Lecture 5 - The Enlightenment and the Public Sphere

author: John Merriman, Department of History, Yale University
recorded by: Yale University
published: April 16, 2010,   recorded: September 2008,   views: 622
released under terms of: Creative Commons Attribution No Derivatives (CC-BY-ND)
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Description

While the major philosophical projects of the Enlightenment are associated with the names of individual thinkers such as Montesquieu, Rousseau, and Voltaire, the cultural transformation in France in the years leading up to the Revolution should also be understood in the context of the public sphere and popular press. Alongside such luminaries as those associated with Diderot's Encyclopédie were a host of lesser pamphleteers and libellists eager for fame and some degree of fortune. If the writings of this latter group were typically vulgar and bereft of literary merit, they nonetheless contributed to the "desacralization" of monarchy in the eyes of the growing literate public. Lawyers' briefs, scandal sheets and pornographic novels all played a role in robbing the monarchy of its claim to sacred authority at the same time as they helped advance the critique of despotism that would serve as a major impetus for the Revolution.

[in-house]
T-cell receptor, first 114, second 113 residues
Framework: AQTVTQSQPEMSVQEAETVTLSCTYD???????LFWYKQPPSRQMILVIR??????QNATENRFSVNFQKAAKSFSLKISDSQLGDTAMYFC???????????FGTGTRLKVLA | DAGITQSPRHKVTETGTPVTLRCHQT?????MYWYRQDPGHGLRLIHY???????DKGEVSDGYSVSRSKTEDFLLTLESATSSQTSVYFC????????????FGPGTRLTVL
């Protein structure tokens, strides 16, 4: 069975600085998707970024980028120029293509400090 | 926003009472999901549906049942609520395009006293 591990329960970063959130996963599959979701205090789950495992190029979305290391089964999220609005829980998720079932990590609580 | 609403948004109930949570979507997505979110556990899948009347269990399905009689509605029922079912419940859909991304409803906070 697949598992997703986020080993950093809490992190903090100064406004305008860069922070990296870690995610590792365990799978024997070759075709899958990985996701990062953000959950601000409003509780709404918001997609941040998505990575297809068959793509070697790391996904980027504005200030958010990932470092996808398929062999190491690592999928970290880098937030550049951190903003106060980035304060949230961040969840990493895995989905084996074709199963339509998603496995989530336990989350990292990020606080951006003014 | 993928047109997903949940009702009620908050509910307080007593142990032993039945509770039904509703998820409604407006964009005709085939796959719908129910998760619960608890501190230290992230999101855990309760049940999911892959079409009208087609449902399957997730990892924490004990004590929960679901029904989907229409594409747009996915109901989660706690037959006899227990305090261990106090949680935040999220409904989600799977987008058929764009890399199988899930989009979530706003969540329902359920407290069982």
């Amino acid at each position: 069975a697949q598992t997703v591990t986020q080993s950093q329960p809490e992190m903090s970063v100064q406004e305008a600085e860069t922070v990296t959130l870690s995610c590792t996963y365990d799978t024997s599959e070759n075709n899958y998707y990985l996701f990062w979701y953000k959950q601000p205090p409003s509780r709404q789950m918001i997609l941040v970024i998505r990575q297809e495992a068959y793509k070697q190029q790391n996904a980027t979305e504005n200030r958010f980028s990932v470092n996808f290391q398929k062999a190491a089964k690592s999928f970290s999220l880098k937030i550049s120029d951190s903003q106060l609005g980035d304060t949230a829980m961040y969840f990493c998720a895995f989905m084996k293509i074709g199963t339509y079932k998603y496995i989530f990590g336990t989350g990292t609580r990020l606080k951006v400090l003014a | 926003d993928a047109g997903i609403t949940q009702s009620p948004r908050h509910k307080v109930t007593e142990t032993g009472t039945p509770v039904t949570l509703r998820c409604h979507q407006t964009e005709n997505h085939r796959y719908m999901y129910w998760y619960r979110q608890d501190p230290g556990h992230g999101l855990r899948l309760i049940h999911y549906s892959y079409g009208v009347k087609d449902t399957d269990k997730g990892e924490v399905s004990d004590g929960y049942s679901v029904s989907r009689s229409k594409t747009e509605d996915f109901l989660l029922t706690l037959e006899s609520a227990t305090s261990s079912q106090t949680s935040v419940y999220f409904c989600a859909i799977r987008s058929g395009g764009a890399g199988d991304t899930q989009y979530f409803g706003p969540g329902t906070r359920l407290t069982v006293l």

Reading assignment:

Charles Louis Baron de Montesquieu. Persian Letters

Merriman, John. A History of Modern Europe: From the Renaissance to the Present, pp. 335-375

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